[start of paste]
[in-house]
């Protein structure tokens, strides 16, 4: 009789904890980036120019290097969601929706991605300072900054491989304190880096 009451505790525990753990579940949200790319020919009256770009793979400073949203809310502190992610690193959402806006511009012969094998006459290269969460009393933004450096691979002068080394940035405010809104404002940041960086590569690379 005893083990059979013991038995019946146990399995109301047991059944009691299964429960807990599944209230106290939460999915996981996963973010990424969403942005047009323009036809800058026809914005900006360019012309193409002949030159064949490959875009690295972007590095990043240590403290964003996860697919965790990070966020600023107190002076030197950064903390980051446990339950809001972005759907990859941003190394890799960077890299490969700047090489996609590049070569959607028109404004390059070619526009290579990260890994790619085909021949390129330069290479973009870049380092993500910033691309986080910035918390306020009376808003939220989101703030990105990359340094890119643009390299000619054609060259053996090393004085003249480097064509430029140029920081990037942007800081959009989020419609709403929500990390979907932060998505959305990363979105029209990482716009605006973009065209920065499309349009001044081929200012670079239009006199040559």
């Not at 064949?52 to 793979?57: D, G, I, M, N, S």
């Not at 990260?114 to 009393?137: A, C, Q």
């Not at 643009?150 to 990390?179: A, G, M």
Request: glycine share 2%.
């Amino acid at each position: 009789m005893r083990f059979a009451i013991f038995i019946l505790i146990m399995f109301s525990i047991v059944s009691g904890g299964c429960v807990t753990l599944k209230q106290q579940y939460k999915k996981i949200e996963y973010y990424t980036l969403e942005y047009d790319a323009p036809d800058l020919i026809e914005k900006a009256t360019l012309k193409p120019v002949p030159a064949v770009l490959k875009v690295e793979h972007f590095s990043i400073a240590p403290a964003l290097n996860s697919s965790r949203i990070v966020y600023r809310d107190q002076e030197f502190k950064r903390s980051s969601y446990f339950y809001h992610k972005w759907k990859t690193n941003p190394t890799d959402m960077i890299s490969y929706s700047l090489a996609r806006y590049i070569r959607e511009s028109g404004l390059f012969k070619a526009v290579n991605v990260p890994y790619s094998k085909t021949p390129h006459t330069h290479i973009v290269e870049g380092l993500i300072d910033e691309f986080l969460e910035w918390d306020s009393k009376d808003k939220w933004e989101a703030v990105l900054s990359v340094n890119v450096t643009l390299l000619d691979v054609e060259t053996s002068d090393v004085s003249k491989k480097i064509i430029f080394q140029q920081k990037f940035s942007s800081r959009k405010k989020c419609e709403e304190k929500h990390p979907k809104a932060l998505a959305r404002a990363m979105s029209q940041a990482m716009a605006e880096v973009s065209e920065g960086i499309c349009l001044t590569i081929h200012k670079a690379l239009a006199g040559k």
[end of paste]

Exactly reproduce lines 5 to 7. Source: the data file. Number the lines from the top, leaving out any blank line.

């Not at 643009?150 to 990390?179: A, G, M």
Request: glycine share 2%.
């Amino acid at each position: 009789m005893r083990f059979a009451i013991f038995i019946l505790i146990m399995f109301s525990i047991v059944s009691g904890g299964c429960v807990t753990l599944k209230q106290q579940y939460k999915k996981i949200e996963y973010y990424t980036l969403e942005y047009d790319a323009p036809d800058l020919i026809e914005k900006a009256t360019l012309k193409p120019v002949p030159a064949v770009l490959k875009v690295e793979h972007f590095s990043i400073a240590p403290a964003l290097n996860s697919s965790r949203i990070v966020y600023r809310d107190q002076e030197f502190k950064r903390s980051s969601y446990f339950y809001h992610k972005w759907k990859t690193n941003p190394t890799d959402m960077i890299s490969y929706s700047l090489a996609r806006y590049i070569r959607e511009s028109g404004l390059f012969k070619a526009v290579n991605v990260p890994y790619s094998k085909t021949p390129h006459t330069h290479i973009v290269e870049g380092l993500i300072d910033e691309f986080l969460e910035w918390d306020s009393k009376d808003k939220w933004e989101a703030v990105l900054s990359v340094n890119v450096t643009l390299l000619d691979v054609e060259t053996s002068d090393v004085s003249k491989k480097i064509i430029f080394q140029q920081k990037f940035s942007s800081r959009k405010k989020c419609e709403e304190k929500h990390p979907k809104a932060l998505a959305r404002a990363m979105s029209q940041a990482m716009a605006e880096v973009s065209e920065g960086i499309c349009l001044t590569i081929h200012k670079a690379l239009a006199g040559k």